Darjeeling, India – 15th to 20th January
It took us two days to get from Jaigon to Darjeeling. Hannah had discovered that there was a toy train running from Siliguri to Darjeeling on the Darjeeling Himalayan Railway, so naturally that was the way we were going to go! The DHR, built between 1879 and 1881, is now a UNESCO World Heritage site. Rising from just 100m at New Jalpaiguri to over 2,200m, it is arguably one of the most spectacular toy trains in the world. It is also by far the slowest and least reliable way to get from Siliguri to Darjeeling!
The points on the DHR are still manned, and changed manually as each train passes
Pulling in eight hours later (more than two hours late), after zig-zagging and looping through lush greenery overlooking stunning mist-filled valleys, we were met with the cool gentle bustle of Darjeeling in low season. It is definitely the time to visit! We’d been told time and time again by Kolkatans not to go to Darjeeling. Too noisy, too crowded, not nice at all. It felt like we’d arrived in a completely different place to what we’d been described.
A short taxi ride from the station later we arrived at Villa Everest, our home for the week. We were paying £24 a night for a large garret room, with a stunning view of Mount Kanchenjunga; the third highest mountain in the world.
Room with a view
Exploring Darjeeling on foot we felt like we’d discovered an antidote to the noise and bustle of Kolkata. The streets were clean and quiet; the people respectful and polite. Perhaps some of the prejudice from Kolkata stems from the fact that, though currently in West Bengal, Darjeeling is desperate to break away and be granted its own state, Gorkhaland. While we were still only halfway through our trip, we found out that a general strike had been called early in June 2017, which only broke at the end of September.
Nearly four months later, we could still feel the effects of the strike. Gorkhaland slogans were graffitied across walls; Darjeeling was unusually quiet as tourists were still staying away; and a whole tea harvest had been lost – a huge economic hit, given that nearly half the people in the Darjeeling district are connected to the tea trade.
The Gorkhas are a proud and independent people
After a day discovering the town we’d decided it was time to make a break for the border to bag the final country of our trip: Nepal. Trekking in Nepal would be a dream come true. We’d signed up to a one day trek with Adventures Unlimited, who operate out of Darjeeling. Given our timescale (and minor mobility issues!), for us this meant a 14 mile hill walk along the border, rising up to over 3000m, and definitely crossing into Nepal!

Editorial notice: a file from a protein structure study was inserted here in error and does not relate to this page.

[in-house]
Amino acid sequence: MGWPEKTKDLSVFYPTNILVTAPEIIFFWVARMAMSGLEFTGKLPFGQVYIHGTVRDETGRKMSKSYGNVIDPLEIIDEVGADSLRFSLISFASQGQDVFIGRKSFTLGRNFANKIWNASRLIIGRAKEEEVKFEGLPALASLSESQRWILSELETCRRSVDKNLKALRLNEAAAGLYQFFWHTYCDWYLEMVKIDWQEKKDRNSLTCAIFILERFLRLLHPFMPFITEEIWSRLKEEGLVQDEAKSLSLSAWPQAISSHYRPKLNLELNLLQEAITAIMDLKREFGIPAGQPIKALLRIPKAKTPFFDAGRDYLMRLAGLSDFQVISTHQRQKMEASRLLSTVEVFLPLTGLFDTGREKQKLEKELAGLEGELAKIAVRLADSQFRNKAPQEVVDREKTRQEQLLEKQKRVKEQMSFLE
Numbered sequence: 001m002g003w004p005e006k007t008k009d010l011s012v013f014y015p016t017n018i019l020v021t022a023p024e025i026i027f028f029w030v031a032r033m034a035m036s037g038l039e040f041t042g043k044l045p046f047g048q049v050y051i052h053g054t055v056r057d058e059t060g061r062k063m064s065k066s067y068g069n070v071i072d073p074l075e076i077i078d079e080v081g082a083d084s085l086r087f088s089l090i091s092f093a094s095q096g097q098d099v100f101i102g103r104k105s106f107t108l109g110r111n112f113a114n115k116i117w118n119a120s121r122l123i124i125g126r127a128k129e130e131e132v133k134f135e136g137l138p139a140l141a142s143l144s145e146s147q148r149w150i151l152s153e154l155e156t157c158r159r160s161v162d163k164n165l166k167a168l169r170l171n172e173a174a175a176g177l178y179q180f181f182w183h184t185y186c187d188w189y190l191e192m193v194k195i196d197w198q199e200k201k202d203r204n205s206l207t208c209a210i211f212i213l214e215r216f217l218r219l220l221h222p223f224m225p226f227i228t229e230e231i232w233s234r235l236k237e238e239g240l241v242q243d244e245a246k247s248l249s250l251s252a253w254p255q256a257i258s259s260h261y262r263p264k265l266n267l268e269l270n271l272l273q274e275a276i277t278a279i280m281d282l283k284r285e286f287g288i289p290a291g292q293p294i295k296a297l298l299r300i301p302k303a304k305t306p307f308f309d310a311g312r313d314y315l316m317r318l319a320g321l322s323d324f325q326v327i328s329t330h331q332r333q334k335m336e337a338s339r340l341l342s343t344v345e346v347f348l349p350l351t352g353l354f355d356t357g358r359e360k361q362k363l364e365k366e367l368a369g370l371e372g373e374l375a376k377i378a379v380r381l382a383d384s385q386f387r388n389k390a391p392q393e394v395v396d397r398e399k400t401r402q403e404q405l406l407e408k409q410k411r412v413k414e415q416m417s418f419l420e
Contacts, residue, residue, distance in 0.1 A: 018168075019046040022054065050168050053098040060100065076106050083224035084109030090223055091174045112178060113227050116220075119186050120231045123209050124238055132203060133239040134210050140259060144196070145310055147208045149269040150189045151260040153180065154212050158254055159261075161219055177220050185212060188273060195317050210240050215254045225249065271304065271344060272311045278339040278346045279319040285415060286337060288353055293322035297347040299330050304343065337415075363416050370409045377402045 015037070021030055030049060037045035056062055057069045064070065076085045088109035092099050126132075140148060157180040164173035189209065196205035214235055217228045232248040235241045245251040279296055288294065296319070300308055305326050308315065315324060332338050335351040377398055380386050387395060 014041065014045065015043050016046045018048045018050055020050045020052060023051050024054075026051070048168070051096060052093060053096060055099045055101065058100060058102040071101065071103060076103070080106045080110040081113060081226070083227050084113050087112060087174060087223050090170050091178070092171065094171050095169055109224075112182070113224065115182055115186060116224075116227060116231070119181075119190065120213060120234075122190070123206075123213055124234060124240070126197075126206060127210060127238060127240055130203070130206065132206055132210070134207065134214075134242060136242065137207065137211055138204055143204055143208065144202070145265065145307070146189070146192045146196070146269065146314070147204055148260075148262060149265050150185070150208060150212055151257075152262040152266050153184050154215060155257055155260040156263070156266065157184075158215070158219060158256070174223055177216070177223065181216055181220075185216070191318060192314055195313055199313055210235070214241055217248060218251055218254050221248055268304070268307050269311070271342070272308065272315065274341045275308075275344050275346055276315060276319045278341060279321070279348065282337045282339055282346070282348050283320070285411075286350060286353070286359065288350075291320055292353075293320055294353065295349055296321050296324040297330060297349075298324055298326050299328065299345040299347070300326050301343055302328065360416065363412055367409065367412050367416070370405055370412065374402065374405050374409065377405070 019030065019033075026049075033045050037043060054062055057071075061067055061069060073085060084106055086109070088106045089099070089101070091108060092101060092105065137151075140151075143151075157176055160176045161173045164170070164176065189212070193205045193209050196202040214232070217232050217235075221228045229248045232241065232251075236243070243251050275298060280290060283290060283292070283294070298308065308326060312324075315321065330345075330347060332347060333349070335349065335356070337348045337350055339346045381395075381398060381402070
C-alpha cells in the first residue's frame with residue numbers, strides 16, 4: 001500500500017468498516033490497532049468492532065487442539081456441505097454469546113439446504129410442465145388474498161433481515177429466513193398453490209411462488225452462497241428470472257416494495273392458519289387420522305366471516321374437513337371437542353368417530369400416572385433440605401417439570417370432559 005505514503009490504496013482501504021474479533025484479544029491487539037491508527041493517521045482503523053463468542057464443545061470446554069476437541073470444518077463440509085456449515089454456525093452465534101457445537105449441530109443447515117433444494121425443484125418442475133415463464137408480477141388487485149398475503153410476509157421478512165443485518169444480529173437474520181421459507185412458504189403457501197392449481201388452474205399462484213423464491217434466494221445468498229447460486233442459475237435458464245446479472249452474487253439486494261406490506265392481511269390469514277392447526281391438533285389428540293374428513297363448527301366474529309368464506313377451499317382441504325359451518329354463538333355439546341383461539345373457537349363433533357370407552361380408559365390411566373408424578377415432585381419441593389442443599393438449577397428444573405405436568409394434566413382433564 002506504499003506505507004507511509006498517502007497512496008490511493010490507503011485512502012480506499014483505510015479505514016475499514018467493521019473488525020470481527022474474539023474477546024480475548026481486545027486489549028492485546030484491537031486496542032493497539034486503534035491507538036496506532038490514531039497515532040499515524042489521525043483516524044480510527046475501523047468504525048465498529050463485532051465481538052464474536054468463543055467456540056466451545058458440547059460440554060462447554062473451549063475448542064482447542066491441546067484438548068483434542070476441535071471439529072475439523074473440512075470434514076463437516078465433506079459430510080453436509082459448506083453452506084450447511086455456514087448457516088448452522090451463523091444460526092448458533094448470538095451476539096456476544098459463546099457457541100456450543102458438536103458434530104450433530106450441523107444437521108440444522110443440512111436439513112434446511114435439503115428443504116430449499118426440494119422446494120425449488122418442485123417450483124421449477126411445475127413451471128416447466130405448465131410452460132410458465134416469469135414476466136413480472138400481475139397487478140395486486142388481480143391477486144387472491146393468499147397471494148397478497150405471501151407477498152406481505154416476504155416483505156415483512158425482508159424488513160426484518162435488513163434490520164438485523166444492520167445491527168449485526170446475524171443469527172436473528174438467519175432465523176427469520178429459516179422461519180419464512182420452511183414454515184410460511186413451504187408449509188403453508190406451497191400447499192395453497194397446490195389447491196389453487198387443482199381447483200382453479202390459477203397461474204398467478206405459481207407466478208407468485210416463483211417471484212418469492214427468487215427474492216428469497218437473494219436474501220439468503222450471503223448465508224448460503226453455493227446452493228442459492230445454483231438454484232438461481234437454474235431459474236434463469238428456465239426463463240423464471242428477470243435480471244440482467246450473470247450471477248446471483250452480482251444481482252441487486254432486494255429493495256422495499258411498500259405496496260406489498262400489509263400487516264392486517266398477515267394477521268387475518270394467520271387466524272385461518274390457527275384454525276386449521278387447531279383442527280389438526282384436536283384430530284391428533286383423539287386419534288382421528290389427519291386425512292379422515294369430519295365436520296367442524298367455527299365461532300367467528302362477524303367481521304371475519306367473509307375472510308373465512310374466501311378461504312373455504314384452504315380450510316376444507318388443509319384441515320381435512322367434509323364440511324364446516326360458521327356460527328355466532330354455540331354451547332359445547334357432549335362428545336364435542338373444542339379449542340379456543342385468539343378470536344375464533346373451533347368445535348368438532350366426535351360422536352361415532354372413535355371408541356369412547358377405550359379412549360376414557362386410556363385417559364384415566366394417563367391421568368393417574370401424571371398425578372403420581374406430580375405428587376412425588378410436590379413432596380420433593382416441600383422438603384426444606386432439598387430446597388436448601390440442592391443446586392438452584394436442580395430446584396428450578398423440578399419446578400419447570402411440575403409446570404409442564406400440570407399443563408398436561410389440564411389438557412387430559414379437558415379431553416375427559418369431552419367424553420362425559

We woke early to beautiful blue skies, and hopped into the back of one of the ubiquitous Jeep-like taxis for the drive to the border. After a couple of hours bumping along the tiny winding roads we pulled up to our drop off point, and the most amazing simple dhaal breakfast!
Hannah shivers by our jeep as we stop for tea and breakfast
Stepping out into the cool morning air we were on our way to Nepal. The trek took us up through bamboo forest up to a viewing point for a breathtaking glimpse of Kanchenjunga. We had truly lucked out. As we trekked on to the border, the clouds rolled in, totally obscuring the mountain. Our early start had served us well.
Kanchenjunga, before the clouds
We crossed the border into Nepal near Tumling, in the Singalila National Park, where we stopped for lunch. Excluding the UK, this was the 17th country we’d visited on the Road to Happiness expedition! Even though it didn’t really count (we only trekked in Nepal for about five miles), it was still a lovely little bonus for us personally.
We were here!
Passing a lonely soldier in a tiny booth on a hillside a couple of hours later, stopping for the obligatory passport check, we were back in India. And after a short tea stop, we began the knee-straining descent to Bhanjang to meet our Jeep.
The hike had been beautiful, despite, and in-part because of the cloud. We’d passed by bamboo groves; spotted red panda droppings; seen Kanchenjunga; crossed moorland that could have been in Yorkshire; rambled through spooky woodland; and followed the route of the most staggeringly difficult ultra-marathon in the world. And we could honestly say that we’d been trekking in Nepal.
We were treated to starkly different landscapes and ethereal cloudscapes
Recuperating the next day, we took afternoon tea at The Elgin Hotel, a lasting bastion of Darjeeling’s colonial past. Then, on our last day in Darjeeling, we strolled along the Hill Cart Road up to the Padmaja Naidu Himalayan Zoological Park (the zoo), glimpsing big cats of the Himalaya, before checking out the Himalayan Mountaineering Institute; set up by Sherpa Tenzing Norgay after his successful summit of Everest with Edmund Hillary.
Darjeeling: Queen of the Hills
Our souvenir teas bought, it was finally time to begin the two day journey back to Kolkata, in time to make our flight back to the UK on the 22nd January.
Racing postcards back to the UK
We left the UK on the 19th March 2017. Ten months, seventeen countries, eighteen thousand miles, fifteen nights in a bed on the move, countless trains, ferries, boats, coaches, buses, taxis, cars, scooters, tuk tuks, bikes, three horses, one plane, and one-thousand-six-hundred more miles on foot later, it was time to head home.
Ready to begin our next adventure.
Hannah and Phil x
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